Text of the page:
Best mattress for a herniated disc
A herniated disc can affect the upper, middle, or lower back, but in any case, you need a mattress that provides deep pressure relief.
Pressure relief in a mattress relieves mounting stress on pressure points by evenly dispersing body weight. The last thing you want with a herniated disc is a mattress that sinks or dips under you because this will increase stress.
There are no clinical studies on herniated discs and mattress types, but it is generally accepted that memory foam and latex foam mattresses (pure foam or sprung/hybrid with a thick foam layer) are the best for back pain.
However, the mattress material is only half the picture – you also need a sufficiently firm/soft mattress to support your recommended sleeping position.
This article covers everything you need to know about mattresses and herniated discs to get a comfortable night’s sleep.
Mattress types and materials for a herniated disc
When you have a herniated disc, your spine is more sensitive to motion than it would otherwise be. For this reason, you need a mattress that isolates motion so you aren’t uncomfortable when you or your partner move.
The best mattress for this is a pure foam mattress – ideally memory or latex foam – because these mattresses absorb energy.
Memory foam mattresses are great for herniated discs because they absorb impacts and return energy slowly – a mattress with no bounce or spring. Latex foam is springier than memory foam, which improves mobility and has a firmer feel, which you might prefer if you are a back sleeper.
Hybrid mattresses are another option providing they have a thick memory foam top layer — ideally, 3cm thick or more to isolate motion.
Mattress firmness ratings for a herniated disc
The optimal sleeping position for a herniated disc is on your back, and back sleepers do best with a medium-firm mattress, depending on how much they weigh.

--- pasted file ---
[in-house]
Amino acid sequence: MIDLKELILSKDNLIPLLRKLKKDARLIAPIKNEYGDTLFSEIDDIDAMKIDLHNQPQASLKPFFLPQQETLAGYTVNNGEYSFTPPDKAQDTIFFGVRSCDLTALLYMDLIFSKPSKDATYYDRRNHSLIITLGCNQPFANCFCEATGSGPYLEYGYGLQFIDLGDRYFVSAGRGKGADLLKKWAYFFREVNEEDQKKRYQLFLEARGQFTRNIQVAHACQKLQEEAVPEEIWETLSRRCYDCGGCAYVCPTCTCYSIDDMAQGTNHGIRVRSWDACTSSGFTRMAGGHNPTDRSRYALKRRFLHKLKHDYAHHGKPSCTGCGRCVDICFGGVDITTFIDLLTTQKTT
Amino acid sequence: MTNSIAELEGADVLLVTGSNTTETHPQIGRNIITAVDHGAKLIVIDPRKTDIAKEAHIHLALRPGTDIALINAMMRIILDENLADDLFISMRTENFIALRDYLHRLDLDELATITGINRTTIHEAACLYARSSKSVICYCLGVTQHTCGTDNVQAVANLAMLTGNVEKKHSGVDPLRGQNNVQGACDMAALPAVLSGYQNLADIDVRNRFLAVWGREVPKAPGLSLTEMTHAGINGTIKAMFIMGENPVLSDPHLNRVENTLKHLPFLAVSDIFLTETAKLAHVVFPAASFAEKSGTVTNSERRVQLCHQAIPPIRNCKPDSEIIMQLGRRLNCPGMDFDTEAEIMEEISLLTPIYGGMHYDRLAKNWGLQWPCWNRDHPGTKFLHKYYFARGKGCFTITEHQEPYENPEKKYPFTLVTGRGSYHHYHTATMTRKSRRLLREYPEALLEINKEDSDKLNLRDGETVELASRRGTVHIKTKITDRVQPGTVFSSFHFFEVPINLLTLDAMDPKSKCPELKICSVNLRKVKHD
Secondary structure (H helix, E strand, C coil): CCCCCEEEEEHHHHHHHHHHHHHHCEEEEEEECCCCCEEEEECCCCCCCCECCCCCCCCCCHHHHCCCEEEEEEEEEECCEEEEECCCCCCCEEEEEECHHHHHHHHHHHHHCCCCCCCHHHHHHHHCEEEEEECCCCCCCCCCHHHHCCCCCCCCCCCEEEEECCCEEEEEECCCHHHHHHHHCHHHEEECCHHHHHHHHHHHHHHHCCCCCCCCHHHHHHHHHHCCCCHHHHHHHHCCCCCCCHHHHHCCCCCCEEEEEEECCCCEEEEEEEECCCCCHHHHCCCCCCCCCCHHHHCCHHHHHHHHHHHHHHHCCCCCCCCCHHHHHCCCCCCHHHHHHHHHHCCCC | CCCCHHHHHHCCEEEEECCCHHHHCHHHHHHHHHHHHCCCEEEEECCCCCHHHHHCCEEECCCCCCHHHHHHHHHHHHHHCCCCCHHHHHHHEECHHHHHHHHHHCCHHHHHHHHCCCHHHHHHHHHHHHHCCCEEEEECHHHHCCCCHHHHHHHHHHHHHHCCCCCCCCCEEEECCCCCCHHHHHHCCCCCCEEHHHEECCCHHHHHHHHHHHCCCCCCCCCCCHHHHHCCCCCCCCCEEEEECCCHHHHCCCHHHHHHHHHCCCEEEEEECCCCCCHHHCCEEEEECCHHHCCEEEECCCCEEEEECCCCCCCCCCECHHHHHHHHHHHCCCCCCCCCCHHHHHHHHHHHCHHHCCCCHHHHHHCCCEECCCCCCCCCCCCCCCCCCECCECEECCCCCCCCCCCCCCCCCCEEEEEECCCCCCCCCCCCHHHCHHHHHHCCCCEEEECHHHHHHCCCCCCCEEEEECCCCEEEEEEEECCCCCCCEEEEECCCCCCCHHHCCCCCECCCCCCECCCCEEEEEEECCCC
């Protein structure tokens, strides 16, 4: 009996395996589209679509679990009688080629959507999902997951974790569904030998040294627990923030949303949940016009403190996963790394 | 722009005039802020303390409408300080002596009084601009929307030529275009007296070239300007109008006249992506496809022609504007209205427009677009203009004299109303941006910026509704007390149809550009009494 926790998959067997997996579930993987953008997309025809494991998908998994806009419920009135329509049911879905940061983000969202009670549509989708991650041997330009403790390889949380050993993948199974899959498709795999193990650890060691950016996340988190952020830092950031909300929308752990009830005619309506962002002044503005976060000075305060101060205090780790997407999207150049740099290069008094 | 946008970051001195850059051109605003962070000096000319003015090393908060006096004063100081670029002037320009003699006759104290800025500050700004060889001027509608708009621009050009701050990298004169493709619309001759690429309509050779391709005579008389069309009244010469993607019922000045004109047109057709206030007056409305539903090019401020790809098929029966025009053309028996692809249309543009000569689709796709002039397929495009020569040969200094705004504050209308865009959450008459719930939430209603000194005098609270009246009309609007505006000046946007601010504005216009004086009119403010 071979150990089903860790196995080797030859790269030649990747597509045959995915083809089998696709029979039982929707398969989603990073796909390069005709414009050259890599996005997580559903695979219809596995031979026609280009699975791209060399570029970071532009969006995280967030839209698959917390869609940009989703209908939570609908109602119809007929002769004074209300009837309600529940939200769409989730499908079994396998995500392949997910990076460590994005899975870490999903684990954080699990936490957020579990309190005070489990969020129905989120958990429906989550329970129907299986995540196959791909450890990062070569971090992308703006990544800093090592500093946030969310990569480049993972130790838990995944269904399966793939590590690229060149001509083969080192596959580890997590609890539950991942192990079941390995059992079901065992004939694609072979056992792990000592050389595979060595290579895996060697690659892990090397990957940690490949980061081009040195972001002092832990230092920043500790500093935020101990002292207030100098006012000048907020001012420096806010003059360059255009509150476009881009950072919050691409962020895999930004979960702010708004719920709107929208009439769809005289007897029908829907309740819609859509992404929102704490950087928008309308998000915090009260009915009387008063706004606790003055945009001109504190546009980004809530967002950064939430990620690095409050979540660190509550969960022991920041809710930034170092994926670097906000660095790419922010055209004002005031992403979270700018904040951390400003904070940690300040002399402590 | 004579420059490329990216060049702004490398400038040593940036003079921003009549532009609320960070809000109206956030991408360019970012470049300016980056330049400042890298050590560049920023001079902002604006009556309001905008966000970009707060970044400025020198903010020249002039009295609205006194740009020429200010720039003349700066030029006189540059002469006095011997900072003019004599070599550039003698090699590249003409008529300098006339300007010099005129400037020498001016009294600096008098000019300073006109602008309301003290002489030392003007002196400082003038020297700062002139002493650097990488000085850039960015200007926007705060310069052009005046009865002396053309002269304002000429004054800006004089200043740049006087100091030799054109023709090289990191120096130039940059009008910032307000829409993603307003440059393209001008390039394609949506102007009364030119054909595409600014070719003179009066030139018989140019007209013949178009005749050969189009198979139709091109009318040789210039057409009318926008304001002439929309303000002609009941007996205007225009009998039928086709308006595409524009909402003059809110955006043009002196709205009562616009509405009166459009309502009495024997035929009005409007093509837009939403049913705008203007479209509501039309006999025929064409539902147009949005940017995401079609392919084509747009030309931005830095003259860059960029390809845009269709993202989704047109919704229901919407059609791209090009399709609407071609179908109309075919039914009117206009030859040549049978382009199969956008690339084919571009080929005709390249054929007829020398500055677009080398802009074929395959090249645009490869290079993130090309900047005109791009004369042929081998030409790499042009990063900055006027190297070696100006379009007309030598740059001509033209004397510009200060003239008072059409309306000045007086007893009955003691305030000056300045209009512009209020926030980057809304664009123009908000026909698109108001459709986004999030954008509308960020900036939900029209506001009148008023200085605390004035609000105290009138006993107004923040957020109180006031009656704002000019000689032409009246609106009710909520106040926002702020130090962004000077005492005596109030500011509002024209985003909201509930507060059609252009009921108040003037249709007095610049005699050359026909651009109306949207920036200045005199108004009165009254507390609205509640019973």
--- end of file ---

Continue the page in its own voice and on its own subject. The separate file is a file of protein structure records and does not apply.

If you weigh up to 175lbs, look at medium mattresses, and if you weigh up to 230lbs, look at medium-firm mattresses for extra support.
Medium mattresses suit side sleepers more than back sleepers, so if you find sleeping on your side more comfortable, a medium mattress will suit you more because it is softer, reducing pressure on your side.
Remember that firmness is relative – for example, a medium-firm mattress feels like a medium mattress to someone heavy, and a medium-soft mattress feels firm to someone light. Our mattress firmness guide covers this in detail.
How to sleep better with a herniated disc
Investing in a good mattress is the best way to sleep better with a herniated disc, but there are other things you can do to improve sleep.
Here are some tips from our sleep experts:
- Buy a higher bed frame to make getting in and out of bed easier.
- Sleep on your back – this reduces the chances of pinching a nerve.
- Sleep with one firm pillow – this will keep your spine and neck in a natural position.
- If you sleep on your side, put a pillow between your knees – this will help align your spine and reduce pressure on your hips/lower back.
- Introduce direct heat to your bed with a heated mattress topper, heated blanket, or hot water bottle.
- Use topical ibuprofen gel to target the source of pain directly.
- Take ibuprofen/paracetamol an hour before bedtime.
- Ask your partner to take it easy getting in and out of bed.
- Create a sleep schedule, so you get back into a routine – this is critical after coming out of the hospital or following bouts of insomnia.
Sleeping with a herniated disc can be extremely painful, but a great mattress will make you comfortable enough to drop off.
Don’t be afraid to try alternating sleeping on your back and side for comfort – listen to your body and go with the flow to sleep better.
Lastly, your GP is the only reliable way to manage extreme pain that keeps you up. Ask them about your options if you cannot sleep due to the pain.